- The report also finds that in federal fiscal year 2006 the New York City metropolitan area received less than its fair share of federal grants from the Department of Homeland Security. Although the New York City metropolitan area accounts for almost 59 percent of all rail passenger trips in the nation, it received 43 percent of the funding allocated for rail transit security. (Last year, it received only 35 percent). While the allocation to the New York City metropolitan area was the largest to any city, it represented only $0.02 per New York City rider, which was less than the rate per rider that most other cities received.
“The federal government spends $8 on security for each person who flies, but spends pennies on those who ride the mass transit system,” Hevesi said.
According to documents submitted by the MTA to the Comptroller’s Office, the cost of Phase 1 of the security program, as of July 15, 2006, was expected to total $735.6 million—$145 million more than planned and an increase of $14.2 million since our last review. The electronic security program accounts for 57 percent of the projected cost of the capital security program and most of the growth in the cost of the capital security program. The growth in the cost of Phase 1 would have been even higher if not for the cancellation of one entire project, which had an estimated cost of $33 million, and four other security improvements.
The MTA informed the Comptroller’s staff that the cost of Phase 1 had been reduced to $719.8 million as of September 7, 2006 by deferring, until Phase 2, construction work on two facilities. Staff was also told that the design work for these two facilities has been completed, but that MTA has not yet allocated resources so these “high-priority” projects can proceed.
The unplanned costs in the capital security program are affecting the MTA’s operating budget. As a result, the MTA has had to allocate $94 million that could have been used to help close projected budget gaps.
The report also finds that the MTA still has not begun Phase 2 of the capital security program even though it is part of the MTA’s 2005-2009 capital program. According to MTA officials, the program has not advanced because the MTA has not yet been successful in its efforts to obtain federal funding. In addition, the program has been under review—for more than one year—in response to the July 2005 terrorist attacks on the London transit system.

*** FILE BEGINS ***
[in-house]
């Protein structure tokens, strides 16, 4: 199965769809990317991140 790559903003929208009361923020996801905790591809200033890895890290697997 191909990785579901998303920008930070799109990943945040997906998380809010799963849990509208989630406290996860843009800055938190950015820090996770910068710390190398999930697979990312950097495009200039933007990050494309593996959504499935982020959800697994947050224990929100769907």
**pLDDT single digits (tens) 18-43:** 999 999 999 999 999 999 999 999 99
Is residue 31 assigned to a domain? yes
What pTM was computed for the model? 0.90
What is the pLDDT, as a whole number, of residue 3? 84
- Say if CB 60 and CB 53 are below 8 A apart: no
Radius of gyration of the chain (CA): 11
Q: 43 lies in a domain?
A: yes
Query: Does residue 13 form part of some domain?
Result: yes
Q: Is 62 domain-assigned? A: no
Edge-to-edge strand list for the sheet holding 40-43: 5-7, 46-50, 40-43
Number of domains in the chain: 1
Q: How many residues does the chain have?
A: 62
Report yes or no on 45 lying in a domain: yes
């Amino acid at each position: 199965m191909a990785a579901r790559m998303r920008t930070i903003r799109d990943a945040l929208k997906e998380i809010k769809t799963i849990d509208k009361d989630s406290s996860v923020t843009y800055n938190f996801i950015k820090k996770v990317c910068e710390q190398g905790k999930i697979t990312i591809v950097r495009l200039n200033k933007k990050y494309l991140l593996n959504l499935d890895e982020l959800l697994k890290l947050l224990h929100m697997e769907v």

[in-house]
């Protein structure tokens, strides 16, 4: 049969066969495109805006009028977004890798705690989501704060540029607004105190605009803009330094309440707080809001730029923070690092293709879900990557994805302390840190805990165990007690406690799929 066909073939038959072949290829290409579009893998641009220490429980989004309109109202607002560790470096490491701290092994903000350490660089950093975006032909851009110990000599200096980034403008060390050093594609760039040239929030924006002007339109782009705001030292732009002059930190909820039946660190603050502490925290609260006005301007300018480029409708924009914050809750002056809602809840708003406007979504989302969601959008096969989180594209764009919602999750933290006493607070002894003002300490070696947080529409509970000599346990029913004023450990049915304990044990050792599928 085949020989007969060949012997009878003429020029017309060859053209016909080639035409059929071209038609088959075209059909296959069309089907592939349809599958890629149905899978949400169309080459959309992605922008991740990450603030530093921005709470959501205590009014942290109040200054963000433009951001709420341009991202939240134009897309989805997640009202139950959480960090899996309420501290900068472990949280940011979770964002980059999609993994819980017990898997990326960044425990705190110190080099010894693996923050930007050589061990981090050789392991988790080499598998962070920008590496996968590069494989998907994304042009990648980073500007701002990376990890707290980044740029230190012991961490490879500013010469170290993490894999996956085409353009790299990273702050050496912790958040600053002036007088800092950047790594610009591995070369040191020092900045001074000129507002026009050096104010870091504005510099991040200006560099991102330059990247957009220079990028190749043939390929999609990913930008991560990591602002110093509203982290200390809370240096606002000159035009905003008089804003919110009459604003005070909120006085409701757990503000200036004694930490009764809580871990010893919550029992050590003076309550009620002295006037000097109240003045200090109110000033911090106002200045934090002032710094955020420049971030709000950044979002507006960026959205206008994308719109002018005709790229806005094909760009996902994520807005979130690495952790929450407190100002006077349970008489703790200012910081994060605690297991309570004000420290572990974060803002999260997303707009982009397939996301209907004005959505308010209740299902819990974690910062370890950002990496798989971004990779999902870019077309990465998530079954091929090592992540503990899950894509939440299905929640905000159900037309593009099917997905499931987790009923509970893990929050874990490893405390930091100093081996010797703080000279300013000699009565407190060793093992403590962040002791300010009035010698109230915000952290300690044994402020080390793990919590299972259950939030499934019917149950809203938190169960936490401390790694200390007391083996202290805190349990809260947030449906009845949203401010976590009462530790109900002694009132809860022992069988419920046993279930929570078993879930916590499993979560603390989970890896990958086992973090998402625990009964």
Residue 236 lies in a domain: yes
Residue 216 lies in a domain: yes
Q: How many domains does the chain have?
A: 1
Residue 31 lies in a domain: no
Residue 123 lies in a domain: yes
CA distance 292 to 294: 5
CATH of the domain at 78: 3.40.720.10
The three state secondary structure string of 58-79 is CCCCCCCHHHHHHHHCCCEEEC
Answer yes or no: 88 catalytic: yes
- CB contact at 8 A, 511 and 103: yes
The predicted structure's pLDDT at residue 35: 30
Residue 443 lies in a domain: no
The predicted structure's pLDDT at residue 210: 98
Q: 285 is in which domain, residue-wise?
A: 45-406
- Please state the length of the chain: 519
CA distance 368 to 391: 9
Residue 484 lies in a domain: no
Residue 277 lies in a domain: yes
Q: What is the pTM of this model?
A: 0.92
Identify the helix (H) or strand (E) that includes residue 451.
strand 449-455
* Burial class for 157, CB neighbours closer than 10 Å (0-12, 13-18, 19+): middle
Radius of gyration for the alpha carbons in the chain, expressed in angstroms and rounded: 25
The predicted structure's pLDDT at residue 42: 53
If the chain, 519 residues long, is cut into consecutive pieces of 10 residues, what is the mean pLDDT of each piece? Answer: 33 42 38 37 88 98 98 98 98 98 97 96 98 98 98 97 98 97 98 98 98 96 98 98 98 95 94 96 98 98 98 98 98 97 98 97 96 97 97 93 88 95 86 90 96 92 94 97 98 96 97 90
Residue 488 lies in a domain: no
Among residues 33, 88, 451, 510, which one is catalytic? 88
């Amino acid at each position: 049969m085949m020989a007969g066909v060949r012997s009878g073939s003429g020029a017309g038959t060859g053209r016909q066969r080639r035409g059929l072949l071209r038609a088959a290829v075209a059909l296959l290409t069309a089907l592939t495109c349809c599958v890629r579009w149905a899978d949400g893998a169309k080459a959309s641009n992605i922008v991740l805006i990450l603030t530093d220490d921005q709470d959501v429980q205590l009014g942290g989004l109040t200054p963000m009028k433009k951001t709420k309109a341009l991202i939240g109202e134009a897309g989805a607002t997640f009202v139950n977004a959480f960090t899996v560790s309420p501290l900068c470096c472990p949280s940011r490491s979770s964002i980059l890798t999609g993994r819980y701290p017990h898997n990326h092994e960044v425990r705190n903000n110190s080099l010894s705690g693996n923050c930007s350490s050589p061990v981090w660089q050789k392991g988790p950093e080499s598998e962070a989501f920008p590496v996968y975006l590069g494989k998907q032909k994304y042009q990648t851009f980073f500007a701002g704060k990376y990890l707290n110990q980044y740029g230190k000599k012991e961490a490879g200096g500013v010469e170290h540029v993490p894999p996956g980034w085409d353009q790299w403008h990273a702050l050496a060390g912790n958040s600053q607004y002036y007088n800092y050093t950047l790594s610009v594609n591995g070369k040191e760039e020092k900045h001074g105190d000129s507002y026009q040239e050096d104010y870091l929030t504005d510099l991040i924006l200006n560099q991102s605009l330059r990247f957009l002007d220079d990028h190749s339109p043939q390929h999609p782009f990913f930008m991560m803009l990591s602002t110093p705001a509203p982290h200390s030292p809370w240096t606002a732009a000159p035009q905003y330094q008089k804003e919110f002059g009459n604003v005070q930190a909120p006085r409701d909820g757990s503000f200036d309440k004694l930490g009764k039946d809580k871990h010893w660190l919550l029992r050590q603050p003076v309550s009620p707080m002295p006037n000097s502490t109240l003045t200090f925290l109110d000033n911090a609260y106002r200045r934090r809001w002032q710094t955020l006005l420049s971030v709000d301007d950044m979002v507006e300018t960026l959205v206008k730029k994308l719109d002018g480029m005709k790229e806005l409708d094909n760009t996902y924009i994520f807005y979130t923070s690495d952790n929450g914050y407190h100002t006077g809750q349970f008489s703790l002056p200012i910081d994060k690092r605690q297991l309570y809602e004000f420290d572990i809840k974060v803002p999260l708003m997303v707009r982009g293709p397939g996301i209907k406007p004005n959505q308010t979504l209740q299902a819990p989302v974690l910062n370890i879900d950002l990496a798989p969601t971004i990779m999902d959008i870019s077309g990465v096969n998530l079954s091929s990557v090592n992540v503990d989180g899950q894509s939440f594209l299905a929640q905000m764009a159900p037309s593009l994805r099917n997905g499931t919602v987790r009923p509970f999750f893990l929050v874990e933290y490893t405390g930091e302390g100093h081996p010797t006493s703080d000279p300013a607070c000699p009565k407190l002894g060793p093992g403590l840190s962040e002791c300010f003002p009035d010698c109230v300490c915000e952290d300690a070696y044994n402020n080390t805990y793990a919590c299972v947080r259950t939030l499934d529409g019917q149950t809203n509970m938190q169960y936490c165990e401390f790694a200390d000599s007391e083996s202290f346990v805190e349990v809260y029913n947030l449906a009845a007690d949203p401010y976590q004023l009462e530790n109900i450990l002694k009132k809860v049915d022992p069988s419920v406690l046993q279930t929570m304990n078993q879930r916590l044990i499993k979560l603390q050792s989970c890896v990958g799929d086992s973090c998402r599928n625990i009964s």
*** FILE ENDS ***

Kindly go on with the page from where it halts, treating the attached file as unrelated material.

Phase 2 was originally estimated to cost $495 million, but MTA officials acknowledge that it will cost more than originally planned unless steps are taken to either reduce the cost or scale back the scope of projects. The MTA is reviewing a draft report prepared by an outside consultant to determine if the terrorist threat has changed since September 11, 2001, and if so how to adjust Phase 2 to reflect the new security priorities.
Despite the delays in the capital security program, the report concludes that the mass transit system is more secure than before 9/11 because one capital security project has been completed and because the MTA has implemented a number of operational initiatives and has taken other steps to improve security.
As noted in our prior report, among the steps taken by the MTA to improve security include:
- The MTA has increased the number of uniformed personnel in the MTA Police Department (MTAPD) by 201, an increase of 42 percent, and has assigned 75 officers to counterterrorism operations, including a ten-person Emergency Services Unit and a Canine Unit with 35 bomb-sniffing dogs.
- To coordinate and oversee the MTA’s security activities, the MTA created the Office of Public Safety and the Interagency Counterterrorism Task Force (ICTF). The ICTF engages in outreach to local police and emergency service providers, and produces a daily intelligence briefing on transit-related threats and terrorist activities that is shared with and used by approximately 350 transit and security agencies worldwide.
- The MTA has successfully implemented a public relations campaign that features the slogan “If You See Something, Say Something” to alert the public to suspicious activity.
- The MTA’s agencies have implemented a number of security improvements pending the completion of certain capital security projects. These include closed circuit television cameras and explosive and chemical detection equipment.
The findings in the report were developed with the cooperation of the MTA and are based on a review of MTA documents and interviews with MTA and other officials. The documents include construction schedules and budget information by asset class (e.g., bridge or station) and by type of risk mitigation or security improvement (e.g., hardening or electronic surveillance). The disclosure of information in the Comptroller’s report meets or exceeds the MTA’s security protocols regarding the dissemination of confidential security information.
The report is a product of an intra-agency task force established by the State Comptroller in September 2005 to monitor implementation of the MTA’s capital security program. The task force draws on resources from throughout the Comptroller's Office and will examine all aspects of the MTA’s security program. As necessary, the task force will continue to conduct financial and contract reviews, audits and investigations.
Click here for a copy of the audit.